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Become A Research Staff Member

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Working As A Research Staff Member

  • Getting Information
  • Analyzing Data or Information
  • Identifying Objects, Actions, and Events
  • Updating and Using Relevant Knowledge
  • Documenting/Recording Information
  • Mostly Sitting

  • $83,000

    Average Salary

What Does A Research Staff Member Do

Medical scientists conduct research aimed at improving overall human health. They often use clinical trials and other investigative methods to reach their findings.

Duties

Medical scientists typically do the following:

  • Design and conduct studies that investigate both human diseases and methods to prevent and treat them
  • Prepare and analyze medical samples and data to investigate causes and treatment of toxicity, pathogens, or chronic diseases
  • Standardize drug potency, doses, and methods to allow for the mass manufacturing and distribution of drugs and medicinal compounds
  • Create and test medical devices
  • Develop programs that improve health outcomes, in partnership with health departments, industry personnel, and physicians
  • Write research grant proposals and apply for funding from government agencies and private funding sources
  • Follow procedures to avoid contamination and maintain safety

Many medical scientists form hypotheses and develop experiments, with little supervision. They often lead teams of technicians, and sometimes students, who perform support tasks. For example, a medical scientist working in a university laboratory may have undergraduate assistants take measurements and make observations for the scientist’s research.

Medical scientists study the causes of diseases and other health problems. For example, a medical scientist who does cancer research might put together a combination of drugs that could slow the cancer’s progress. A clinical trial may be done to test the drugs. A medical scientist may work with licensed physicians to test the new combination on patients who are willing to participate in the study.

In a clinical trial, patients agree to help determine if a particular drug, a combination of drugs, or some other medical intervention works. Without knowing which group they are in, patients in a drug-related clinical trial receive either the trial drug or a placebo—a pill or injection that looks like the trial drug but does not actually contain the drug.

Medical scientists analyze the data from all the patients in the clinical trial, to see how the trial drug performed. They compare the results with those obtained from the control group that took the placebo, and they analyze the attributes of the participants. After they complete their analysis, medical scientists may write about and publish their findings.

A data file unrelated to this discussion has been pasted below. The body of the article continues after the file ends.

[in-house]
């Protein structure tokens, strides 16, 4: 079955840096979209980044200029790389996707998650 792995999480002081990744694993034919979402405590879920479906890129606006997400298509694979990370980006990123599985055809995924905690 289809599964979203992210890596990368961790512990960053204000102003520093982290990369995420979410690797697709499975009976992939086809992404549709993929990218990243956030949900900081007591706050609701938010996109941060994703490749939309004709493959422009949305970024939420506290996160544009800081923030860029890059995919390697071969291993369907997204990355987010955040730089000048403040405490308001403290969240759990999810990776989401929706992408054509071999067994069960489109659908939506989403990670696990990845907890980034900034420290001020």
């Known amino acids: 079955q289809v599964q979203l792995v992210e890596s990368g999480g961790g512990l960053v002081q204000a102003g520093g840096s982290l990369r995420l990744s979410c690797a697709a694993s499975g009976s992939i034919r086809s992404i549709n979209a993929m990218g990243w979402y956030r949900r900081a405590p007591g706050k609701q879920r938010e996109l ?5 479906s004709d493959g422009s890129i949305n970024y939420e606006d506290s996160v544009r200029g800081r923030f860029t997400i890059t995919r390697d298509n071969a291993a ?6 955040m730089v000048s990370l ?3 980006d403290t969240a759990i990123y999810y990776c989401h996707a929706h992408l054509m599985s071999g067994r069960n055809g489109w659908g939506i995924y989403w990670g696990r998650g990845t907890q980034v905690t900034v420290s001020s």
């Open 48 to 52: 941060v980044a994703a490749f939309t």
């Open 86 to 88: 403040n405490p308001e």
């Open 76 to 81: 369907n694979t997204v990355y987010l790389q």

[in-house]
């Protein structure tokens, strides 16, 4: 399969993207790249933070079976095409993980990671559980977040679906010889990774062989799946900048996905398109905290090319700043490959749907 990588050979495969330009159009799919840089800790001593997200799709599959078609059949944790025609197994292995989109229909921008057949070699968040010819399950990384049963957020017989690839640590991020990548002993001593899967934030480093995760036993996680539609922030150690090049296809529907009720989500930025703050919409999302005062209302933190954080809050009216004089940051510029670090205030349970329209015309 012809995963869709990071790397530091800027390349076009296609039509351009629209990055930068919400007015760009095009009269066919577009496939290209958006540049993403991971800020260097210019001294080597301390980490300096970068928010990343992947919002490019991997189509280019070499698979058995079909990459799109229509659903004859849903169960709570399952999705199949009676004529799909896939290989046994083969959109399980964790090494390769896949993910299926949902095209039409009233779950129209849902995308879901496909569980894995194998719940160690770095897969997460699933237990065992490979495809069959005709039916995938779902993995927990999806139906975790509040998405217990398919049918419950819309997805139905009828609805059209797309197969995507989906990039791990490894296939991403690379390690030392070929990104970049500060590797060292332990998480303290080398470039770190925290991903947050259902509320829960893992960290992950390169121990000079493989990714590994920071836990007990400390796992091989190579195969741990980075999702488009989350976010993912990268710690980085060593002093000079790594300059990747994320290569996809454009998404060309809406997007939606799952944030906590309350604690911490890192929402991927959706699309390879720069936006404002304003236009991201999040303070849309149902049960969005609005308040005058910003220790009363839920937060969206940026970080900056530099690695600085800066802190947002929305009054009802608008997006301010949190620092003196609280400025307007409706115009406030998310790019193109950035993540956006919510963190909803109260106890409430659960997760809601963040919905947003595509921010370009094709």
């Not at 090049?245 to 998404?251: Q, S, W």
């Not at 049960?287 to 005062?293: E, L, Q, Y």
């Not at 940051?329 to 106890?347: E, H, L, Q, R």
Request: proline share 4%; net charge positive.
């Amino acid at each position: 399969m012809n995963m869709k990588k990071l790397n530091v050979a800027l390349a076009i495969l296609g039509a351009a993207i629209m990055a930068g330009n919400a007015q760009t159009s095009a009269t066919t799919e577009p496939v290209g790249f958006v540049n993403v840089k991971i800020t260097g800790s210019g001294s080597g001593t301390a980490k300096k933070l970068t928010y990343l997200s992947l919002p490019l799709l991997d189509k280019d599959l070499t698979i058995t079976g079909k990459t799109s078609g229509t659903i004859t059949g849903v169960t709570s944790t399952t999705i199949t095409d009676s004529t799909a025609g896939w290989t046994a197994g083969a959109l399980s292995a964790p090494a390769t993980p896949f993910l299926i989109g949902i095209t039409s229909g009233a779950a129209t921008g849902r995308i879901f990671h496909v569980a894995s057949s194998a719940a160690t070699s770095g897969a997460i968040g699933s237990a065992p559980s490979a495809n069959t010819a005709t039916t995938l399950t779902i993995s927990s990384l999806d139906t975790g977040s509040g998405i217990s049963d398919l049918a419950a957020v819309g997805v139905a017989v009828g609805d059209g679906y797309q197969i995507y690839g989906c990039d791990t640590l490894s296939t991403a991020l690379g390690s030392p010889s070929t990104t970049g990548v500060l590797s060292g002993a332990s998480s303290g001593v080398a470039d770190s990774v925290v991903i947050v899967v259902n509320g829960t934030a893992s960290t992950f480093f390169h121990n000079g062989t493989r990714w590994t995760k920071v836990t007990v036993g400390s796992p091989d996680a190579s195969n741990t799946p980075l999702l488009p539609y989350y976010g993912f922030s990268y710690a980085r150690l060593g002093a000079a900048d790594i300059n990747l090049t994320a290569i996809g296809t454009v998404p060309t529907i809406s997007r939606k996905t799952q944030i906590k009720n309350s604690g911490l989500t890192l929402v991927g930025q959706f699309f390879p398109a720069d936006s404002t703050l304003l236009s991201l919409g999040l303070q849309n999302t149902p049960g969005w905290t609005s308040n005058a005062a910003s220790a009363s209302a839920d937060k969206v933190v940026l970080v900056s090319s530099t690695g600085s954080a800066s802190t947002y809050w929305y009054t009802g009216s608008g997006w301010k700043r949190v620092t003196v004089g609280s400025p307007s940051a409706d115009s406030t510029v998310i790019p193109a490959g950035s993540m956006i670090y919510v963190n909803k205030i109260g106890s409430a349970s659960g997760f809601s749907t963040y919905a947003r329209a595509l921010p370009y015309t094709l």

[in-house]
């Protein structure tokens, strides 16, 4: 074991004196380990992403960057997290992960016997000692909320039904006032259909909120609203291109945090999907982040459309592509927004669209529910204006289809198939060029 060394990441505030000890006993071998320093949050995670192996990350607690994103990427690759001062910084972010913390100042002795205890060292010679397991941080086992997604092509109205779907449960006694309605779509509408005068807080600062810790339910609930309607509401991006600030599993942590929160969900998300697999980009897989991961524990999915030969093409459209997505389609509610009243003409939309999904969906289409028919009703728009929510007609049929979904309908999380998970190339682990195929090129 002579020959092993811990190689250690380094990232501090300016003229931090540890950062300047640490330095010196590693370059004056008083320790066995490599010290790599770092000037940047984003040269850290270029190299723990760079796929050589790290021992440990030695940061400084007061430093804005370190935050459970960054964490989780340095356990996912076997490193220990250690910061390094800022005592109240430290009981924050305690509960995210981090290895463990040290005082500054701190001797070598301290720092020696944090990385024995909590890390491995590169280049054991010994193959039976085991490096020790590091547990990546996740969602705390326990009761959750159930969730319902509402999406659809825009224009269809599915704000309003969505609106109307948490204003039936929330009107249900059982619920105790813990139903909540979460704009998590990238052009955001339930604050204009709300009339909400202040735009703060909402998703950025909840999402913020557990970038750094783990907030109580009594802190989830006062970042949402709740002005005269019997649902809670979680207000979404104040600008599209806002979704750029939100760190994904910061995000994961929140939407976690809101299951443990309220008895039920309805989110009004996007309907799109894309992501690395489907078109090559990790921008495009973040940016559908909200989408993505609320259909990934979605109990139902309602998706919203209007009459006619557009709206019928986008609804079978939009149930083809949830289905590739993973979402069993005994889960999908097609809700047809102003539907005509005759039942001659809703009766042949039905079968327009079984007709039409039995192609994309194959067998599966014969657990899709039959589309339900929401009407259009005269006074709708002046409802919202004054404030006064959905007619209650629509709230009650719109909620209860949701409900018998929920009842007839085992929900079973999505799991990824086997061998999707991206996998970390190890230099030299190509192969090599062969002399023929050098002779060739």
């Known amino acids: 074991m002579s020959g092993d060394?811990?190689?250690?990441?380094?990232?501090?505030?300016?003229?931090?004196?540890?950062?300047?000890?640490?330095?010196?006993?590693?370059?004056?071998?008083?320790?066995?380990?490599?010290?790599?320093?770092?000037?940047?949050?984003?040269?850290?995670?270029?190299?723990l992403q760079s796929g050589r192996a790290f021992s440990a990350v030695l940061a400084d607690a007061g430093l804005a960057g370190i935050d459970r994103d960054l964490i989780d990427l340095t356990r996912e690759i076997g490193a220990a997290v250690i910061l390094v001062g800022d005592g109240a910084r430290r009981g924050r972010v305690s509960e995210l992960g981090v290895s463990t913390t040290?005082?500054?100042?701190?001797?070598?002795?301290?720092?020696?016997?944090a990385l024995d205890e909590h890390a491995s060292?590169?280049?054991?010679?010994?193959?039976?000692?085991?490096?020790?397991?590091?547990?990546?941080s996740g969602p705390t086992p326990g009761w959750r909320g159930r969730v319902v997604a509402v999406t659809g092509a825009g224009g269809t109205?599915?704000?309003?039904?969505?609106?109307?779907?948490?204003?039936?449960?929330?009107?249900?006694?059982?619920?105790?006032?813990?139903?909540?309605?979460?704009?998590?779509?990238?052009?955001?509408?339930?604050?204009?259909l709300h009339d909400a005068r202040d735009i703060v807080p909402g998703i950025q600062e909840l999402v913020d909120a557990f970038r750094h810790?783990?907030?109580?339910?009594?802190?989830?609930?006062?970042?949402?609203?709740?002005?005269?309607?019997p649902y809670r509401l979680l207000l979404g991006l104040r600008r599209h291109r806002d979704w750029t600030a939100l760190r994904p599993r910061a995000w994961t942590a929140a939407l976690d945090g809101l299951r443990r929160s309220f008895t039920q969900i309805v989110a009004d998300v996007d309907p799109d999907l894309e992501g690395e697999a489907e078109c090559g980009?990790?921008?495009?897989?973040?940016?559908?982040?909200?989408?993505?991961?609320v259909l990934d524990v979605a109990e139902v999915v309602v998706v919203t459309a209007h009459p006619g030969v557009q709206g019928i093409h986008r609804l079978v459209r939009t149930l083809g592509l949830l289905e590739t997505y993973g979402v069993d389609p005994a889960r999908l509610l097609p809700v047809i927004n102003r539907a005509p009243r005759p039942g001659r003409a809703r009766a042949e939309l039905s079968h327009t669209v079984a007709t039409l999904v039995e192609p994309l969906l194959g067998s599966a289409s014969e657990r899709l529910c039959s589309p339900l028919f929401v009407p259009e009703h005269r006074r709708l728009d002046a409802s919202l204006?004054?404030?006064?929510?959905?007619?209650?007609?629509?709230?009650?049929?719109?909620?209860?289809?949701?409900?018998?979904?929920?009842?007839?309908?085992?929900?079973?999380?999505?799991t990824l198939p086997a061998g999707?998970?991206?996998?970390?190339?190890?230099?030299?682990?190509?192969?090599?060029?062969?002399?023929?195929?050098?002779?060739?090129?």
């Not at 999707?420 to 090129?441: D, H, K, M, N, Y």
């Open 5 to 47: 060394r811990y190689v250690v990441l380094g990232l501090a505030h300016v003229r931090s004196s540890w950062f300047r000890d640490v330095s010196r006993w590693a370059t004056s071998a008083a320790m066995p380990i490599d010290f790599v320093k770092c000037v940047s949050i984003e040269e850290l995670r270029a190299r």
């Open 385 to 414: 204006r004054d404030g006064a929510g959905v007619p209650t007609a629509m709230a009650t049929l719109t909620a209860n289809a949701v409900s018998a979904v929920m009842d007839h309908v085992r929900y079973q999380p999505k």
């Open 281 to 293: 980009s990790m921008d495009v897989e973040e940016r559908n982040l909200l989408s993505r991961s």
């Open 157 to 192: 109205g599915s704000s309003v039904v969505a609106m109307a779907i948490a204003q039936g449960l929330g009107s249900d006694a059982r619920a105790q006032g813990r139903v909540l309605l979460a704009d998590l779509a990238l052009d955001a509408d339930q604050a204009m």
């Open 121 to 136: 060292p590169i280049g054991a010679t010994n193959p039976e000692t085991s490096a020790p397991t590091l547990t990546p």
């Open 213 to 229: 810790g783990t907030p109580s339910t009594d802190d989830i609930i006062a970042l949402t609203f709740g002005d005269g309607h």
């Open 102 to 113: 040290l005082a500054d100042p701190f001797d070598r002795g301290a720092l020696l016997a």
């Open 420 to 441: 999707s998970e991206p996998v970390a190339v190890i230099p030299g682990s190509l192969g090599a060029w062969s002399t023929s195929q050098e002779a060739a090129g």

Medical scientists do research both to develop new treatments and to try to prevent health problems. For example, they may study the link between smoking and lung cancer or between diet and diabetes.

Medical scientists who work in private industry usually have to research the topics that benefit their company the most, rather than investigate their own interests. Although they may not have the pressure of writing grant proposals to get money for their research, they may have to explain their research plans to nonscientist managers or executives.

Medical scientists usually specialize in an area of research. The following are examples of types of medical scientists:

Cancer researchers research the causes of cancers, as well as ways to prevent and cure cancers. They may specialize in one or more types of cancer.

Clinical and medical informaticians develop new ways to use large datasets. They look for explanations of health outcomes through the statistical analysis of data.

Clinical pharmacologists research, develop, and test current and new drugs. They investigate the full effects that drugs have on human health. Their interests may range from understanding specific molecules to the effects that drugs have on large populations.

Gerontologists study the changes that people go through as they get older. Medical scientists who specialize in this field seek to understand the biology of aging and investigate ways to improve the quality of our later years. 

Immunochemists investigate the reactions and effects that various chemicals and drugs have on the human immune system.

Neuroscientists study the brain and nervous system.

Research histologists have a specific skill set that is used to study human tissue. They investigate how tissue grows, heals, and dies, and may investigate grafting techniques that can help people who have experienced serious injury.  

Serologists research fluids found in the human body, such as blood and saliva. Applied serologists often work in forensic science. For more information on forensic science, see the profile on forensic science technicians.

Toxicologists research the harmful effects of drugs, household chemicals, and other potentially poisonous substances. They seek to ensure the safety of drugs, radiation, and other treatments by investigating safe dosage limits.

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How To Become A Research Staff Member

Medical scientists typically have a Ph.D., usually in biology or a related life science. Some medical scientists get a medical degree instead of a Ph.D., but prefer doing research to practicing as a physician.

Education

Students planning careers as medical scientists typically pursue a bachelor’s degree in biology, chemistry, or a related field. Undergraduate students benefit from taking a broad range of classes, including life sciences, physical sciences, and math. Students also typically take courses that develop communication and writing skills, because they must learn to write grants effectively and publish research findings.